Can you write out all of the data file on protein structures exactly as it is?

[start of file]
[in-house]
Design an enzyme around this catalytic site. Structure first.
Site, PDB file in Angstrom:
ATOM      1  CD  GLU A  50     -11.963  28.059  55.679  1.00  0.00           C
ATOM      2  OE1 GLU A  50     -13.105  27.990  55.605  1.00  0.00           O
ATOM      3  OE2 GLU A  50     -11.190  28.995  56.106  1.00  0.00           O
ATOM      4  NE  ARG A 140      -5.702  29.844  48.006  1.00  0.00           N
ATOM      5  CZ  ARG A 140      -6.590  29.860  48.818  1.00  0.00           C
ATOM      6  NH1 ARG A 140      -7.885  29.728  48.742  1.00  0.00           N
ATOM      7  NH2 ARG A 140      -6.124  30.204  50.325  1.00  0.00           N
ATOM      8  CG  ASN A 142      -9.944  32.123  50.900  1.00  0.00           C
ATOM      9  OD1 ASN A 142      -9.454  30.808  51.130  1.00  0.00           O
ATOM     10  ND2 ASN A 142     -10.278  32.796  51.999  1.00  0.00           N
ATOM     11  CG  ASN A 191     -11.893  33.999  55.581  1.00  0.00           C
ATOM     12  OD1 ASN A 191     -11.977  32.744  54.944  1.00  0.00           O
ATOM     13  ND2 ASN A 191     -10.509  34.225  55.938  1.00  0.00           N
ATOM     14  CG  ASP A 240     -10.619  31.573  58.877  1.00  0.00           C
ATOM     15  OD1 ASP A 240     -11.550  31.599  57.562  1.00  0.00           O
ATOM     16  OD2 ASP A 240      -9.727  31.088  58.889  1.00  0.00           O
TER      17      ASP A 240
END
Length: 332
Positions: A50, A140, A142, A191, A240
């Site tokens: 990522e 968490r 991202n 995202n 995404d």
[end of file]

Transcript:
[in-house]
Design an enzyme around this catalytic site. Structure first.
Site, PDB file in Angstrom:
ATOM      1  CD  GLU A  50     -11.963  28.059  55.679  1.00  0.00           C
ATOM      2  OE1 GLU A  50     -13.105  27.990  55.605  1.00  0.00           O
ATOM      3  OE2 GLU A  50     -11.190  28.995  56.106  1.00  0.00           O
ATOM      4  NE  ARG A 140      -5.702  29.844  48.006  1.00  0.00           N
ATOM      5  CZ  ARG A 140      -6.590  29.860  48.818  1.00  0.00           C
ATOM      6  NH1 ARG A 140      -7.885  29.728  48.742  1.00  0.00           N
ATOM      7  NH2 ARG A 140      -6.124  30.204  50.325  1.00  0.00           N
ATOM      8  CG  ASN A 142      -9.944  32.123  50.900  1.00  0.00           C
ATOM      9  OD1 ASN A 142      -9.454  30.808  51.130  1.00  0.00           O
ATOM     10  ND2 ASN A 142     -10.278  32.796  51.999  1.00  0.00           N
ATOM     11  CG  ASN A 191     -11.893  33.999  55.581  1.00  0.00           C
ATOM     12  OD1 ASN A 191     -11.977  32.744  54.944  1.00  0.00           O
ATOM     13  ND2 ASN A 191     -10.509  34.225  55.938  1.00  0.00           N
ATOM     14  CG  ASP A 240     -10.619  31.573  58.877  1.00  0.00           C
ATOM     15  OD1 ASP A 240     -11.550  31.599  57.562  1.00  0.00           O
ATOM     16  OD2 ASP A 240      -9.727  31.088  58.889  1.00  0.00           O
TER      17      ASP A 240
END
Length: 332
Positions: A50, A140, A142, A191, A240
């Site tokens: 990522e 968490r 991202n 995202n 995404d």